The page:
A Gorilla, Lots of Bananas and a Hangover

by David D. Holland


Reader Question: “I keep hearing the media talking about “quantitative easing,” the “printing of money” and our government’s debt. What does it all mean?”


Our federal government spends a trillion dollars more than it collects in taxes each year. The cash shortfall is met with borrowing. Our country’s cumulative debt is more than sixteen trillion dollars and is expected to rise by at least another five trillion over the next ten years.


An 800-Pound Gorilla

The Federal Reserve (the Fed) was created by Congress as a quasi-independent arm of the government. The Fed is authorized to raise or lower interest rates and to increase or decrease the overall money supply in order to encourage job creation, keep inflation in check and maintain overall financial stability. One particular technique, called “Quantitative Easing” or “QE” for short, is currently being used by the Fed to stimulate the economy and to keep interest rates ultra-low. With a few keystrokes, the Fed creates eighty billion dollars each month and then buys newly issued federal government debt with it.


By increasing the overall money supply and forcing interest rates lower, the Fed has made stock market investments more attractive, reduced mortgage interest rates and encouraged investors to take on more risk. The Fed has said it will taper off its QE and bond-buying once the economy is healthier and the national jobless rate has fallen to 6.5%. When the Fed does stop buying, each month there will be less demand for treasury notes and bonds (to the tune of eight billion dollars!). The yields on government debt will have to rise (which means the price of such debt will have to fall) to encourage regular investors to buy what the Fed had been purchasing.


Here’s a suitable analogy for what’s happening now and what’s to come: Let’s say you are selling bananas on the street corner and an 800-pound gorilla starts showing up every day to buy your bananas. The gorilla will pay whatever price you ask. This goes on for a couple of years and then, suddenly one day, the gorilla stops coming. This is a real problem because you’ve purchased a boat full of bananas to satisfy the gorilla’s seemingly endless appetite. Now, what will you do to get rid of all the extra bananas? Since there was only one gorilla in town, how do you now get enough “monkeys” to buy your inventory? The solution is obvious . . . you’ll have to lower your price!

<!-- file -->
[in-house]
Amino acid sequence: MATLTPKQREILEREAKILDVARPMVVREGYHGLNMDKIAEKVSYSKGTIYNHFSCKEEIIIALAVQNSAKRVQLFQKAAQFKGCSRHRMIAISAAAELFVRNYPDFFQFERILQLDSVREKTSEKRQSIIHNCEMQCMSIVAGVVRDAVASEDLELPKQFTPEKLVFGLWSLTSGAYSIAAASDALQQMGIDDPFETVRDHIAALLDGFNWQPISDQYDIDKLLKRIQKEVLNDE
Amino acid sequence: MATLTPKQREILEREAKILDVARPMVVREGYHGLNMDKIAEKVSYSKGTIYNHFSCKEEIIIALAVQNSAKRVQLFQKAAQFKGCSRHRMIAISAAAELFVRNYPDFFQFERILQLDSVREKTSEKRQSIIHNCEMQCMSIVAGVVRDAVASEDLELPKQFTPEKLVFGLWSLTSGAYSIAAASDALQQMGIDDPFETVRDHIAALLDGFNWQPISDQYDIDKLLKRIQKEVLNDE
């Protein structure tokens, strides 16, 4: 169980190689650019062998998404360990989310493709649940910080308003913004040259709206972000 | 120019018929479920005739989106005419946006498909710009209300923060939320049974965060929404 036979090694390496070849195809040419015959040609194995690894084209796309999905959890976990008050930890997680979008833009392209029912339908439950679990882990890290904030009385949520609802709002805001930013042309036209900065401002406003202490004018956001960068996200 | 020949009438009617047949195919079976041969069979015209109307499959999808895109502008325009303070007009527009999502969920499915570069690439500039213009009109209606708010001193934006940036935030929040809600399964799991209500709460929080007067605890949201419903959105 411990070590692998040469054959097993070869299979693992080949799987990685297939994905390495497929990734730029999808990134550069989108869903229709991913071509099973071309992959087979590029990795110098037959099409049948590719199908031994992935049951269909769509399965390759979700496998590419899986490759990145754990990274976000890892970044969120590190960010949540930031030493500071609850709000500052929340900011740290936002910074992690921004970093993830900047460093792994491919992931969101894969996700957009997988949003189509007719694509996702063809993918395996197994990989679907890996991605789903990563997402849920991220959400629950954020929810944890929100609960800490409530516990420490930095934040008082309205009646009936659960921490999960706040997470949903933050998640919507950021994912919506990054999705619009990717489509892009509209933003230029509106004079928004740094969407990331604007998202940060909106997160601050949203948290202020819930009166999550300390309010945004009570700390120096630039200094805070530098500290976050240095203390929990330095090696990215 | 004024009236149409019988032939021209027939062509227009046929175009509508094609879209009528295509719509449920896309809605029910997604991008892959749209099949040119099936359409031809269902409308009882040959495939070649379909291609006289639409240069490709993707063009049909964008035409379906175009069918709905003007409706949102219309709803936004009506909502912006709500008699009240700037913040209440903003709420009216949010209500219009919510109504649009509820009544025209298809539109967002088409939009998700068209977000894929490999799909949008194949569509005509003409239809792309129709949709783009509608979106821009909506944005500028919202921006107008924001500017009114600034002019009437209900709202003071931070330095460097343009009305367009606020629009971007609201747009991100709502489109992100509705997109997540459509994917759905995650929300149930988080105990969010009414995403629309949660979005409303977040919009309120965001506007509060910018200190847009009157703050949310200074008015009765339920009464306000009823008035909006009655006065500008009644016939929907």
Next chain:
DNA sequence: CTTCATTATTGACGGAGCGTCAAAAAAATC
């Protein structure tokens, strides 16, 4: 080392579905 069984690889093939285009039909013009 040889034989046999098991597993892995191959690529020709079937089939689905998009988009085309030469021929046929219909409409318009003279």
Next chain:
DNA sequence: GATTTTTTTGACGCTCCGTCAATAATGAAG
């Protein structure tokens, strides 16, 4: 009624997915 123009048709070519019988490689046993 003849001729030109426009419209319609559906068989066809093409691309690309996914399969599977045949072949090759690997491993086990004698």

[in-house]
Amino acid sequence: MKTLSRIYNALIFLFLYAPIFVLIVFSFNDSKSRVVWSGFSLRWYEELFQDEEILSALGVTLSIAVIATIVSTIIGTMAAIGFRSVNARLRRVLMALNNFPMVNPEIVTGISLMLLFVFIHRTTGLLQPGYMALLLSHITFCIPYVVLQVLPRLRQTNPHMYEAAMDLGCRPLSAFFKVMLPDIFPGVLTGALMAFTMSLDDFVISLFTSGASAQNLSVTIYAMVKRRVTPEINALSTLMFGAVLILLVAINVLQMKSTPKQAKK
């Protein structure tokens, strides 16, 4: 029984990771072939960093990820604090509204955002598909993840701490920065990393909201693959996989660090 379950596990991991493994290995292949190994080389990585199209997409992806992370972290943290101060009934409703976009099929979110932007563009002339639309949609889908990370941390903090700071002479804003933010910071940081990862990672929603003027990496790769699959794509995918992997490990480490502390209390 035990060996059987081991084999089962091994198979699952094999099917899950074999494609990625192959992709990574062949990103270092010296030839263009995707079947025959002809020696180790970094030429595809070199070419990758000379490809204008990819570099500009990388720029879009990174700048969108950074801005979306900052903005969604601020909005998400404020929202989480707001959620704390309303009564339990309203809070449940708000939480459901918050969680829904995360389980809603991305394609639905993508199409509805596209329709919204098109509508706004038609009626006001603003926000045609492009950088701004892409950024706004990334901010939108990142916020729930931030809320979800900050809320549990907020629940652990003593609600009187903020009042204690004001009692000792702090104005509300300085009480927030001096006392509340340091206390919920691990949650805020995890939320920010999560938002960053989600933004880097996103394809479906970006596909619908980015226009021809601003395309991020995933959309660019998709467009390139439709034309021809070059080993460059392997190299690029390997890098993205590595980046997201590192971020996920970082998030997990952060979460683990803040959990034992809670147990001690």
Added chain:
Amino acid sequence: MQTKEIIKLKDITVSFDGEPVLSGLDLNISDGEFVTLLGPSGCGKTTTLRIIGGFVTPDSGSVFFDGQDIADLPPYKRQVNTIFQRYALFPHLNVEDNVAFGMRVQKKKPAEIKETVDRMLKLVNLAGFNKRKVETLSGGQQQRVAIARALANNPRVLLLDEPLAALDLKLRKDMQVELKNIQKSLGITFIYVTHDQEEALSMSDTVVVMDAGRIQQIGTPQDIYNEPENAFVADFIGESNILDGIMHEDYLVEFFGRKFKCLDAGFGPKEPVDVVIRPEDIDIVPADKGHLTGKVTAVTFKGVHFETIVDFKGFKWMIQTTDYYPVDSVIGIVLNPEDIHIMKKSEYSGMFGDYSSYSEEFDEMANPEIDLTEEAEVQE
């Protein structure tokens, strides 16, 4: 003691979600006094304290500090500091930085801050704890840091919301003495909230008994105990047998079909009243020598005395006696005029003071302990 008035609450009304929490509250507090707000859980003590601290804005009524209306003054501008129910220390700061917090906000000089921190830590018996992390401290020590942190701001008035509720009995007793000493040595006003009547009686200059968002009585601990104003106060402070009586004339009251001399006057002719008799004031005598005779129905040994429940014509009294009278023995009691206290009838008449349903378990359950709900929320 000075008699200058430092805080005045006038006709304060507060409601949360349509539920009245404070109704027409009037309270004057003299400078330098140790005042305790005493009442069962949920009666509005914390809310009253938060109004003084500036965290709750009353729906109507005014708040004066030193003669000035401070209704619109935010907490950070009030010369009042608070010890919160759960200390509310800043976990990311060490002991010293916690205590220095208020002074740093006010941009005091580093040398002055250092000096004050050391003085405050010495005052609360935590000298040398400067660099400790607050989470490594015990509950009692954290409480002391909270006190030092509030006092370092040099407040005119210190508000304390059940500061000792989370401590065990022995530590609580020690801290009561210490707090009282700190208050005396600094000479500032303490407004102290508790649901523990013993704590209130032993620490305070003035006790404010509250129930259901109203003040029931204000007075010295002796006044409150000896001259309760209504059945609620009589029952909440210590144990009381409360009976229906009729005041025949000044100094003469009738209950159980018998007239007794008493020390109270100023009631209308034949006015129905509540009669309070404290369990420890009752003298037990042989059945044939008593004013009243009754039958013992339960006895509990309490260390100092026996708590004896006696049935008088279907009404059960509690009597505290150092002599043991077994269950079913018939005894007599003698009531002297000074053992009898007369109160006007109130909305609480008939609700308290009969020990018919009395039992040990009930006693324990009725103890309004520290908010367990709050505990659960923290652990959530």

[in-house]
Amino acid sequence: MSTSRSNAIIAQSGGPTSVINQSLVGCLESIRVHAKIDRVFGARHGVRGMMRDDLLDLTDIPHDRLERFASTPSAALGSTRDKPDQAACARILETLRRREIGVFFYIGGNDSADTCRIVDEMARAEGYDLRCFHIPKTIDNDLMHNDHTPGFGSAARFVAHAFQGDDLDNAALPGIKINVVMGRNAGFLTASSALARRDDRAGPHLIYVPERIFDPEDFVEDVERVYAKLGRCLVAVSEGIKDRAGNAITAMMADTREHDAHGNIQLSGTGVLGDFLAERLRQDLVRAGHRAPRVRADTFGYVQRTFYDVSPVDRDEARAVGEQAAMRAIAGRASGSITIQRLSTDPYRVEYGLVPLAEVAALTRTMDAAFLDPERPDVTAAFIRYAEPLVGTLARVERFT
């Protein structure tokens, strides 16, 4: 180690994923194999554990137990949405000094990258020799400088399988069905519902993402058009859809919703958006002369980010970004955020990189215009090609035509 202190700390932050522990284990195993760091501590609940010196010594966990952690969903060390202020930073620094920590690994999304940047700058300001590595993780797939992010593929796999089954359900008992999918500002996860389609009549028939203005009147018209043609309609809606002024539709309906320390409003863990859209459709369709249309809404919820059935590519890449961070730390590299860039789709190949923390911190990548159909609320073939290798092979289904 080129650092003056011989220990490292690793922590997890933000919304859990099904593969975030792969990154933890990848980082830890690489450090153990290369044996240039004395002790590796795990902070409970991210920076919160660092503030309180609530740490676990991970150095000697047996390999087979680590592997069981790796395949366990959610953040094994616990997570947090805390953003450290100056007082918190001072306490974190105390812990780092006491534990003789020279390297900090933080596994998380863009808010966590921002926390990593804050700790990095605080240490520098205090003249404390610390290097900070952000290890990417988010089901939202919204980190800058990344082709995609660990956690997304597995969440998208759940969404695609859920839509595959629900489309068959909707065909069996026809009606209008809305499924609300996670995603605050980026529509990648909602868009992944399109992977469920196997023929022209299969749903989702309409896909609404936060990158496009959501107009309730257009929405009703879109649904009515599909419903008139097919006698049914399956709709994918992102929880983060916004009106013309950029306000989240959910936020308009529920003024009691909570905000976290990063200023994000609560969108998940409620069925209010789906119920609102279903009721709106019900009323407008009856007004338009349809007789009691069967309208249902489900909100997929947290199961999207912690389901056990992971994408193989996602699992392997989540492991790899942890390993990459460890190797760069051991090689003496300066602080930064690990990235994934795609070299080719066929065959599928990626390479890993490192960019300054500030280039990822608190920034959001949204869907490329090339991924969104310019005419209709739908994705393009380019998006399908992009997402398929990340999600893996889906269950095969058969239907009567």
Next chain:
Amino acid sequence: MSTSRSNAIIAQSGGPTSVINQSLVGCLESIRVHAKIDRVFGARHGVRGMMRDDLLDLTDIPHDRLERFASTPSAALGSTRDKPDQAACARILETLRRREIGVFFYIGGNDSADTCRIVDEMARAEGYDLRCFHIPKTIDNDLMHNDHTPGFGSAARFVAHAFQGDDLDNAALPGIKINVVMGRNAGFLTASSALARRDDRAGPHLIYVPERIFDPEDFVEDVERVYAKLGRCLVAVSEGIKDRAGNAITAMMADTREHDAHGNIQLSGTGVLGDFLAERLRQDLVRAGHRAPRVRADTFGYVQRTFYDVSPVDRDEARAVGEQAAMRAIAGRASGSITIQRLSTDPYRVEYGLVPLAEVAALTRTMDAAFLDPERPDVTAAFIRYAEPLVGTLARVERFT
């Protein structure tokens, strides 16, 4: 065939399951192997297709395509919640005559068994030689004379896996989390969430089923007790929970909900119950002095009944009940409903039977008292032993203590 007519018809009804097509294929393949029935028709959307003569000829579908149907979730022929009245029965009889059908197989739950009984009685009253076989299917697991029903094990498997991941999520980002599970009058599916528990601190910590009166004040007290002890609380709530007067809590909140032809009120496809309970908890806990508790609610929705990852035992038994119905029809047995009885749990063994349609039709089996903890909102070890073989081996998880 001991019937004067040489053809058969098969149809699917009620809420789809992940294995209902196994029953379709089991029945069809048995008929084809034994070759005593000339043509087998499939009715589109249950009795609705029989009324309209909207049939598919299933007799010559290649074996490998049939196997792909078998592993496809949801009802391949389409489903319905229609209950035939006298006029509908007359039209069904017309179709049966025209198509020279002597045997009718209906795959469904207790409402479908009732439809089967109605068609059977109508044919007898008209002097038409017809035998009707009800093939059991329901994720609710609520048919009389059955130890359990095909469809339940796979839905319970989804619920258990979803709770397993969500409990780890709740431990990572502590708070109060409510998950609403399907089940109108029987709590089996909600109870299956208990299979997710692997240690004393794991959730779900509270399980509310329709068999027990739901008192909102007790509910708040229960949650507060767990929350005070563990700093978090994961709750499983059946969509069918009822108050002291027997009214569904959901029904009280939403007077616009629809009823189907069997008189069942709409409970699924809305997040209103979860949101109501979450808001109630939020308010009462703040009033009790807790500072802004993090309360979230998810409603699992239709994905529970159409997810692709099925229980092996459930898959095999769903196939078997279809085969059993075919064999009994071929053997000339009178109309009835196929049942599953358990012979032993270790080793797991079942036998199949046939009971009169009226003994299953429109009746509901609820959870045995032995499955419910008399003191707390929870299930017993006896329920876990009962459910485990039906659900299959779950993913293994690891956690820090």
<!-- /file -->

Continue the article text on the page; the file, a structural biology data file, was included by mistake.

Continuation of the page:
Bonds are Like Bananas

When the Fed (i.e., the gorilla) stops buying the debt, our government will be forced to drop the price of its bonds (i.e., the bananas) and start paying higher interest rates on new debt to attract enough regular investors (i.e., the monkeys). Investors will surely demand more than the current 2% yield on ten-year treasuries, but it won’t end there. Existing treasury notes and bonds, as well as corporate bonds, municipal bonds and high-yield bonds, should all fall in value. They will get “re-priced” by the market to bring their yield in line with the new, higher interest debt being issued by the federal government. Bond prices, in general, are tied to the price of treasuries, so a 2% jump in treasury yields could translate into a 20% drop in the price of a bond that matures in ten years.


A National Hangover

Not long ago, ten-year treasury notes were generating about a 4% annual return to investors and junk bonds delivered 8% or more. When the Fed stops buying government debt, it would certainly be logical for rates to go back to those levels. While many investors will cheer the opportunity to earn more on their money, rising Treasury yields could also have adverse economic consequences:


1. Home mortgage rates usually move with 10-year Treasury notes. Higher rates could translate into lower home values and fewer buyers. As we have seen in the past, a stagnant or slowing housing market is bad for everyone.


2. When investors can earn a solid 4% on super-safe 10-year treasuries, businesses have to pay considerably more interest to entice investors to underwrite their growth plans. The result could be less expansion, less profits and fewer jobs. The overall economy could suffer.


3. With a higher yield available on treasuries, investors might demand a higher return on their stocks . . . and that could cause stock prices to fall.


Logic, of course, would suggest that the Fed is well aware of these potential ramifications. The same logic would also predict that the Fed would only stop its QE and bond-buying if it thinks that the economy is strong enough to stand on its own and to withstand the impact of rising interest rates. However, individual investors would be wise to monitor the situation closely, and re-evaluate their portfolios carefully, when they see that bananas are starting to go on sale!



David D. Holland, a CERTIFIED FINANCIAL PLANNER™ practitioner, hosts a weekday radio show at 9AM on AM1380 Ormond Beach, AM1230 New Smyrna Beach and AM1490 Deland. He has also authored two books in his Confessions of a Financial Planner series. Holland offers investment advice through Holland Advisory Services, Inc., a registered investment adviser in Ormond Beach. He can be contacted at (386) 671-7526. Email your financial questions to info@DavidHolland.com.